A tale of the first snowfall follows the childhood of Mother Nature, who likes only warm weather, until gentle Winter wraps her in a soft and beautiful blanket of crystals that falls from the sky.
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PreSchool-Grade 3. Christiana takes readers back to a time when the world was new and Mother Nature a young child. She loves Summer with her warm, green breezes and is quite upset when she finds her packing to give Winter his turn. The girl finds many ways to turn Winter and the blustery Wind away, but Winter has a sage counselor in the great polar bear, Aunt Arctica, who finally suggests that he try a gentle approach to win the child's acceptance. After a few failures, he creates a soft, white blanket to warm her, and Mother Nature discovers that she likes Winter and his first snow. Unfortunately, the denouement is a bit of an anticlimax, and the final joke, Mother Nature throwing the first snowball at Winter, will be lost with the dustcover, as it appears on the back. The pencil, watercolor, and gouache artwork, however, is glorious. With an amazing array of page layouts, Christiana's work conveys a sense of continuous motion. Leaves blow in and out of view, and Wind bursts through frames. Summer's scenes are brightly lit with verdant greens and warm golden tones, while Winter's realm is portrayed in cool blues that will make readers shiver along with Mother Nature. All in all, a visual treat.?Jeanne Clancy Watkins, Upper Merion Township Library, King of Prussia, PA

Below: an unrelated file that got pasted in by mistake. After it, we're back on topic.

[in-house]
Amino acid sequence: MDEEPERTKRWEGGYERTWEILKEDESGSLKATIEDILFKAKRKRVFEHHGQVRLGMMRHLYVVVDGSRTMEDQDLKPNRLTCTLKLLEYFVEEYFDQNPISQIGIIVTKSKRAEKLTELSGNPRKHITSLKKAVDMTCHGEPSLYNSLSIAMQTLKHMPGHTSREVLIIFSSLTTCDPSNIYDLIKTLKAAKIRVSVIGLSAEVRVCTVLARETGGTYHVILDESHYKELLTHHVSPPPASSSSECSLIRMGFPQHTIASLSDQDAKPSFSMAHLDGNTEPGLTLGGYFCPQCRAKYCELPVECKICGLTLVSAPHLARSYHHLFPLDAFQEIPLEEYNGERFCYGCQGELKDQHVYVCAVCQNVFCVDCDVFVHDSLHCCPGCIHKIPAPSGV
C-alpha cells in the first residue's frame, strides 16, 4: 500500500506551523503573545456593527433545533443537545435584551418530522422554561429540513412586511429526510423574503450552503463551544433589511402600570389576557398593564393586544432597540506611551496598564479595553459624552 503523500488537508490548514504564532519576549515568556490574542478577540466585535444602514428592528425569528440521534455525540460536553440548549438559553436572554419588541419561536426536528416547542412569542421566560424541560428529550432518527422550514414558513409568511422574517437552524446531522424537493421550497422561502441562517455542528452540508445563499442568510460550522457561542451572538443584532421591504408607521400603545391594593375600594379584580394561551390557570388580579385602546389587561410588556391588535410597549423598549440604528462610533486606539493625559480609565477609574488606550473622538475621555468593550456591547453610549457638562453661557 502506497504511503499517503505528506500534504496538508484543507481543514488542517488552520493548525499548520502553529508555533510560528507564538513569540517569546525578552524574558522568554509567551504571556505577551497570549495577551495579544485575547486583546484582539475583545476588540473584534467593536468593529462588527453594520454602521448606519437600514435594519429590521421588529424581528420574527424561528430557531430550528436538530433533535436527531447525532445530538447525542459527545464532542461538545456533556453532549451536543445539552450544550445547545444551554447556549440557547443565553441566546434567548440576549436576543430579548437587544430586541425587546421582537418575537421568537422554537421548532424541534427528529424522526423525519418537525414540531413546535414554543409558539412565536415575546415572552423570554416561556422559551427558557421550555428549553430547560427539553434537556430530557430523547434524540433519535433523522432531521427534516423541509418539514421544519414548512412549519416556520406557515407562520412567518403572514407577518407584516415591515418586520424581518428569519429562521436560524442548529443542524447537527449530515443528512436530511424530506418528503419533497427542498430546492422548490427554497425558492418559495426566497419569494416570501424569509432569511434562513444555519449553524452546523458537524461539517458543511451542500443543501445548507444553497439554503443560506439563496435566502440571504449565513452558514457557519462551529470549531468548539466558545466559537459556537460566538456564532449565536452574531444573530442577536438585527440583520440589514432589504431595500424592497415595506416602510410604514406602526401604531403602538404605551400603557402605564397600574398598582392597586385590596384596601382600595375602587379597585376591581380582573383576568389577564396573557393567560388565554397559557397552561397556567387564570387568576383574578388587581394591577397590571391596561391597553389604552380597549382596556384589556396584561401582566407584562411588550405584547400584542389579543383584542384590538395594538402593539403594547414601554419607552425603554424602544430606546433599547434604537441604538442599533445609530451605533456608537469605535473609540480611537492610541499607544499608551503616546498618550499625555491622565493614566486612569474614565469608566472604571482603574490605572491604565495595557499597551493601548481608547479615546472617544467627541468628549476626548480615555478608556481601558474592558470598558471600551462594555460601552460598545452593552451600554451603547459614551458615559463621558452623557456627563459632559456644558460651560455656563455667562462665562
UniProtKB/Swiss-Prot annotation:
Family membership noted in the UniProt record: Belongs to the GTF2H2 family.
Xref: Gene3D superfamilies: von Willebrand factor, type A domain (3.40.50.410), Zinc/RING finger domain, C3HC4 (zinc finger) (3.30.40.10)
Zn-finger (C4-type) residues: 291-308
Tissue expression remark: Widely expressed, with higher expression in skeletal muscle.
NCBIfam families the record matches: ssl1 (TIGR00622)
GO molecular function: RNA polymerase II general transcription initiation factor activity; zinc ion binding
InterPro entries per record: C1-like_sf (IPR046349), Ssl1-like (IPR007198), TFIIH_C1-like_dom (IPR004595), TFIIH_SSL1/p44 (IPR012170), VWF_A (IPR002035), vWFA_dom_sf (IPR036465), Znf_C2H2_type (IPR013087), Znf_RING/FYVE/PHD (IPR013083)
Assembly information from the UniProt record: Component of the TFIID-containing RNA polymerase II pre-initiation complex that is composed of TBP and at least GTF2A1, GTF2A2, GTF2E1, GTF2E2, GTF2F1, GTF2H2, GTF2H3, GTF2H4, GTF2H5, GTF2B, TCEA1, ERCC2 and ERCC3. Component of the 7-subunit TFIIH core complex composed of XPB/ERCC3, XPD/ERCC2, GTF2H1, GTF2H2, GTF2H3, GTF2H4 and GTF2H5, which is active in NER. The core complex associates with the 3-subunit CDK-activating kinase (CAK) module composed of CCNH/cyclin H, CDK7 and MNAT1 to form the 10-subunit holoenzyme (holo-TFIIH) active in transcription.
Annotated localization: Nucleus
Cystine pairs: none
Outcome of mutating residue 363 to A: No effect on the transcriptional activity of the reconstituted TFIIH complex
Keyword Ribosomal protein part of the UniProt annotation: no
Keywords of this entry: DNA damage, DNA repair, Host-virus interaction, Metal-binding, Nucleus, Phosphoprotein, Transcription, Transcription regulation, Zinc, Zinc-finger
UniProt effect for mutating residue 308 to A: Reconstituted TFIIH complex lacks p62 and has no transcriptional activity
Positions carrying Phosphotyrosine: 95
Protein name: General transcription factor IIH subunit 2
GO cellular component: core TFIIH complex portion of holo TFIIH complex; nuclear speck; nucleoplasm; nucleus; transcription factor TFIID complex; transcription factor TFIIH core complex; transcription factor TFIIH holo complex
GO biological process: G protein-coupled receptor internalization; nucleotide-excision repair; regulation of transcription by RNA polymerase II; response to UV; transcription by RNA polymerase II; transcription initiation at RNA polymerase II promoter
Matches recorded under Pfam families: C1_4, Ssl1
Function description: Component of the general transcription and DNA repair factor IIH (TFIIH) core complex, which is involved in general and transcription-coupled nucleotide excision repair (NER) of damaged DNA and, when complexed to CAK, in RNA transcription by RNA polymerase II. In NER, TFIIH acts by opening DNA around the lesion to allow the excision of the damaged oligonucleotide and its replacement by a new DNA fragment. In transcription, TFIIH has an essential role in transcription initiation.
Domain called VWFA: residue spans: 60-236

Copyright 1997 Reed Business Information, Inc.
A fable about the seasons, featuring a doll-like Mother Nature as a child who wants ``Summer to stay with her forever.'' The rebuffed Winter, a little boy, retreats, wondering why the little girl doesn't like him; urged by Aunt Arctica to win her over, he buries the little girl in fallen leaves and when she emerges into the cold, she freezes. ``Now you might think that Winter would have been delighted'' (at freezing a waif?), but he whips up a blanket from soft white crystals that fall from the sky ``like angel's tears.'' Young Mother Nature is warm enough to appreciate her first snowfall. Christiana (A Tooth Fairy's Tale, 1994, etc.) renders his fine paintings with sweeping lines and muted colors, but he seems to start with a story about why there are four seasons (instead of two) and leaves readers adrift in only three. While there are elements of fancy to which children will respond, this is a synthetic concoction. (Picture book. 4-8) -- Copyright ©1996, Kirkus Associates, LP. All rights reserved.
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Book Description Scholastic, 1996. Hardcover. Book Condition: New. book. Bookseller Inventory # M0590228552
Book Description Scholastic, 1996. Hardcover. Book Condition: New. Bookseller Inventory # DADAX0590228552
Book Description Scholastic, 1996. Hardcover. Book Condition: New. Bookseller Inventory # P110590228552
Book Description Scholastic. Hardcover. Book Condition: New. 0590228552 New Condition. Bookseller Inventory # NEW7.1161110